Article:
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What is a holiday purchase scam?
Fraudsters take advantage of increased shopping during the holiday season to create opportunities that disguise their schemes. Using common transactions and activities like deliveries and gift-giving, they trick you into divulging personal information, downloading malware onto your personal devices or spending money without receiving what you paid for.
Common holiday purchase scams
Fraudsters send out shipping notification emails that resemble legitimate companies like UPS or FedEx. These emails prompt you to select links that will either download malware or ask for your personal and banking information.
Fraudsters can also leave a fake “missed delivery” notification on your door with a phone number to call. When you call, fraudsters will attempt to get your personal and banking information.
Fraudsters steal the account and PIN numbers from gift cards and leave the unpurchased cards in the store. Once you buy these cards, fraudsters will strip the value of the cards without your knowledge.
Fraudsters send phishing emails or use pop-up ads to offer free gift cards. When you select the free gift card link, you can be exposed to malware or asked for personal information.
Fraudsters use emails or social media posts that lead you to a website for a fake charity and make an emotional appeal for donations. The fake charity requests payment through methods that make it difficult to recover your money, such as a wire transfer or a prepaid credit card.
Fraudsters set up fake websites to sell products during the holiday season, but after paying for the product, you never receive what you paid for. Some of these fake retailers will ask you to input credit card information before you initiate the purchase transaction.
Fraudsters invite you to participate in a gift exchange, where you give a gift and get a gift, then ask you to share this event with your network. This type of scam is a pyramid scheme, since the scam grows as people continue to join. Fraudsters may also ask participants to provide personal information like their shipping address or banking details.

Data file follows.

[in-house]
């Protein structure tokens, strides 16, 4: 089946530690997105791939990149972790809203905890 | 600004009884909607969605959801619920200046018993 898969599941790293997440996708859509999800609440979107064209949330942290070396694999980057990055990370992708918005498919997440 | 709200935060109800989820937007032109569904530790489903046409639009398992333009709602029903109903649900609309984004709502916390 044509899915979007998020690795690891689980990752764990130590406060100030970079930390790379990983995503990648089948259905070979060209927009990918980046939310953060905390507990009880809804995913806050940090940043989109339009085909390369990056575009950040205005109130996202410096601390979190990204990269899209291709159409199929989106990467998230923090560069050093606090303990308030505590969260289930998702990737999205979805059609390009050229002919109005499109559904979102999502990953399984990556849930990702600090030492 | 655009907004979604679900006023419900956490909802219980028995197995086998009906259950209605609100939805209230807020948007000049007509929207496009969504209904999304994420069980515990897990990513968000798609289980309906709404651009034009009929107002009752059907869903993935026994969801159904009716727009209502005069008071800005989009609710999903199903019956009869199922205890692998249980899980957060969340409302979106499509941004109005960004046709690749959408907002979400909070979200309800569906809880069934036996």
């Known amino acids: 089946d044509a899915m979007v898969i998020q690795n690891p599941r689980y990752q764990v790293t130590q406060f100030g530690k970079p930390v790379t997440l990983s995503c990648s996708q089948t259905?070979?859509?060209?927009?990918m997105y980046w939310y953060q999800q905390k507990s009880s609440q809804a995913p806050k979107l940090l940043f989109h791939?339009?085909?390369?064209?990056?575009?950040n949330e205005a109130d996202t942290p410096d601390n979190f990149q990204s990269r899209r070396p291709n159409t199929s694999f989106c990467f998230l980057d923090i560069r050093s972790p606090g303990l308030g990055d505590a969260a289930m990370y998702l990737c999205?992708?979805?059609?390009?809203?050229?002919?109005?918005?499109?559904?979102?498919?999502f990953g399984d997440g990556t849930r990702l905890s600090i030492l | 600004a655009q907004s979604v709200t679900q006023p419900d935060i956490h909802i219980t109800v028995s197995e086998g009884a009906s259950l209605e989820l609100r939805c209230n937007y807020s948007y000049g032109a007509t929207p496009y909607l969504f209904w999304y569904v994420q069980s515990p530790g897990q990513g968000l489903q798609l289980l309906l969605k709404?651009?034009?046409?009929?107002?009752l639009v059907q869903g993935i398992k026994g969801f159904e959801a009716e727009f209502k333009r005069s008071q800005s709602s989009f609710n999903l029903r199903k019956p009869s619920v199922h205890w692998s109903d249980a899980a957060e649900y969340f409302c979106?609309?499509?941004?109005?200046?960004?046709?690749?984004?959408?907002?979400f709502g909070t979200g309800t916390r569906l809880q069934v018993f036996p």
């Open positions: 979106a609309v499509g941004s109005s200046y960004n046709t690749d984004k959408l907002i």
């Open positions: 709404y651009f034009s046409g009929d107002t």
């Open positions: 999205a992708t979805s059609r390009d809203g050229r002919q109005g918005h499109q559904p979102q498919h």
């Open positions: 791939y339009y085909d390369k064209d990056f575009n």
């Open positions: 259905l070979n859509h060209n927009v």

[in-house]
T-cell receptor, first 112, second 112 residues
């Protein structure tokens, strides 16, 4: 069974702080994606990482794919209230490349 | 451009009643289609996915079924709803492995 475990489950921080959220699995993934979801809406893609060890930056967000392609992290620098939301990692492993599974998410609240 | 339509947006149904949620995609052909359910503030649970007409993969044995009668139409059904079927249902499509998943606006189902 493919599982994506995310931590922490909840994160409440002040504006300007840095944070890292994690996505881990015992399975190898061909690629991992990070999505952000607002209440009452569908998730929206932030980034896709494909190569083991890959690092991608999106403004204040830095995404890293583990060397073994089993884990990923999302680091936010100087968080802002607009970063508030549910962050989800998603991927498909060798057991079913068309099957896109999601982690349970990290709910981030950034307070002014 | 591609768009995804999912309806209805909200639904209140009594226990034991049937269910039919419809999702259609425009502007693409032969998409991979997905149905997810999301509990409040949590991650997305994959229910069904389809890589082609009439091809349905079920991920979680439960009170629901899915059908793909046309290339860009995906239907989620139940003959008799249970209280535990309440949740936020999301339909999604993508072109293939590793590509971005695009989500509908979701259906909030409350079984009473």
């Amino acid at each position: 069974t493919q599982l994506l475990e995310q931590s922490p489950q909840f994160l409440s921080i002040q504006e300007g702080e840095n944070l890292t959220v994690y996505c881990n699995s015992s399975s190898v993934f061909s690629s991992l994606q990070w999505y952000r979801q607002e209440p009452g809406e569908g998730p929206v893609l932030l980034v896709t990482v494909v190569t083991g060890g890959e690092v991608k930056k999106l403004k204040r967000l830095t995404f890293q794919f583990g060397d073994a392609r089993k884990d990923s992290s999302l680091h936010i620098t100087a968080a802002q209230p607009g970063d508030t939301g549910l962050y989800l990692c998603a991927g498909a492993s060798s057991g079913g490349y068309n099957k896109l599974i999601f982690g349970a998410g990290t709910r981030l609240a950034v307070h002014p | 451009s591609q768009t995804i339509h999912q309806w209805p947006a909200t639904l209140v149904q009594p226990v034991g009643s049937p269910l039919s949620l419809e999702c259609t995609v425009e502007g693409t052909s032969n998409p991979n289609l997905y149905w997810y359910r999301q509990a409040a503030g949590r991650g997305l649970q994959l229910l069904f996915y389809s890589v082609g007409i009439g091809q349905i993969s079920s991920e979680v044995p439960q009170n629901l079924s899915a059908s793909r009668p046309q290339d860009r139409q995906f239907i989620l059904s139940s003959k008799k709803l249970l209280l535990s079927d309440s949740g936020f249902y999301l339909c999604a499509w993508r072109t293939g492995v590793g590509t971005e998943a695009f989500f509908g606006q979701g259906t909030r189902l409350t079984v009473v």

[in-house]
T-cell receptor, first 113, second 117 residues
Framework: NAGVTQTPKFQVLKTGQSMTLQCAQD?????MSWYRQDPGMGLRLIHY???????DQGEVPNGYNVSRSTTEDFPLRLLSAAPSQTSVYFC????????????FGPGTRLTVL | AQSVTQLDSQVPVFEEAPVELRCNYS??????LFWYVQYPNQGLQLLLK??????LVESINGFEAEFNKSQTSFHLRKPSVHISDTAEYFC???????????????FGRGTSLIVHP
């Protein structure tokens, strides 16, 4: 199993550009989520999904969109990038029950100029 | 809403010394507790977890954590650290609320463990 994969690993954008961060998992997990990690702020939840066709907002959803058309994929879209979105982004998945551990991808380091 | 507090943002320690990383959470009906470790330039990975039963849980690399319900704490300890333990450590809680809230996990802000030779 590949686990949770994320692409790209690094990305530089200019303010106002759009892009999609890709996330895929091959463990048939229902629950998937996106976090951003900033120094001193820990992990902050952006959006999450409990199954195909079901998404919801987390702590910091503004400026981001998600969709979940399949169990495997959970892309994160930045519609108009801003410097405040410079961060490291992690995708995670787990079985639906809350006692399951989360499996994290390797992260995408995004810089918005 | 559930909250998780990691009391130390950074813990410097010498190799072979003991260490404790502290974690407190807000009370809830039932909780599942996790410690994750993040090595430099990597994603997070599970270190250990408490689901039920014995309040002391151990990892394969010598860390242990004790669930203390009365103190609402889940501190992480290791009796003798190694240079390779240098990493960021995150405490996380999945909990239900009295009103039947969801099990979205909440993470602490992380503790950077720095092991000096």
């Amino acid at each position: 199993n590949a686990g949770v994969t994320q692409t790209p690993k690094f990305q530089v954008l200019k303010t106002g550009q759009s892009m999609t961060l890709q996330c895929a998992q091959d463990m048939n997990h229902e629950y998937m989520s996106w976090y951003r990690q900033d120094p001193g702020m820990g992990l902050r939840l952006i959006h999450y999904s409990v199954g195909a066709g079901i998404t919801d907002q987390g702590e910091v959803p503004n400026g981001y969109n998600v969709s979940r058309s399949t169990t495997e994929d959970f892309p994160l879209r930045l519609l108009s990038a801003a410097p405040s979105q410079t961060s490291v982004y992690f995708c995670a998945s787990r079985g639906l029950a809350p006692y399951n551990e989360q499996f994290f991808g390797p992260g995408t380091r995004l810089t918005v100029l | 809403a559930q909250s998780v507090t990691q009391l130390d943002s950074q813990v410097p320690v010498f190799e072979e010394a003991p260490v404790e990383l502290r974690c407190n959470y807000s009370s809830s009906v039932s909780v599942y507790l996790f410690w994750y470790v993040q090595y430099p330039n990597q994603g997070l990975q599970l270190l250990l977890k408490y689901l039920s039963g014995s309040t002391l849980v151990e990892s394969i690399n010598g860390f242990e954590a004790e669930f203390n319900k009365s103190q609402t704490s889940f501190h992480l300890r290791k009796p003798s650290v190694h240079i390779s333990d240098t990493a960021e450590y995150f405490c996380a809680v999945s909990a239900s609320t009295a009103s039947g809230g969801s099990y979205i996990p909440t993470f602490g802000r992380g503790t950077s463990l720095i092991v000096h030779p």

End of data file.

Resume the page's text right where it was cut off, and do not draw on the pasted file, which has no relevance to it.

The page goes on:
Similar to fake retailers, fraudsters use social media to advertise merchandise or holiday deals to get you to select a link and buy a gift. However, you never receive what you paid for, or you receive counterfeit items instead.
Signs of a holiday purchase scam
- You receive unsolicited emails or visit websites with grammatical errors, blurry logos or imperfect branding.
- You're pressured to spend money quickly to take advantage of a holiday sale or offer.
- You receive or purchase a gift card with the security code exposed on the back.
- You're asked to pay through methods that are difficult to reverse like wire transfers or prepaid cards.
- The site you're purchasing from isn't secure; the closed padlock symbol is missing from the web address.
Stay safe with our tips
- Don't open attachments or links within unsolicited emails. If you're not subscribed to a brand or company newsletter, or you receive notices for delivery and shipments you didn't make, delete the emails.
- After you purchase or receive a gift card, register it with the retailer as soon as possible. Check the back of any gift card you purchase or receive to ensure the security code isn't exposed.
- Before you donate, verify a charity is registered with the CRA Opens in a new window..
- Purchase your gifts and products from secure sites only — web addresses with a closed padlock symbol.
- Use your credit card to make purchases online.
- Always take your time to review if a purchase is right for you, plus the sale and return policies.
- Do your research and check out customer reviews from different sites if you come across a product or offer you're not sure about.
- Update your antiviral software on your computer or mobile device.
Learn more about holiday purchase scams
Canadian Anti-Fraud Centre Opens in a new window.
Report fraud when it happens and track the latest data on fraud in Canada.
The Little Black Book of Scams Opens in a new window.
Download the Canadian Competition Bureau's guide to scams in 8 different languages.
Canadian Bankers Association Opens in a new window.
Read about the latest news and trends in fraud awareness and prevention.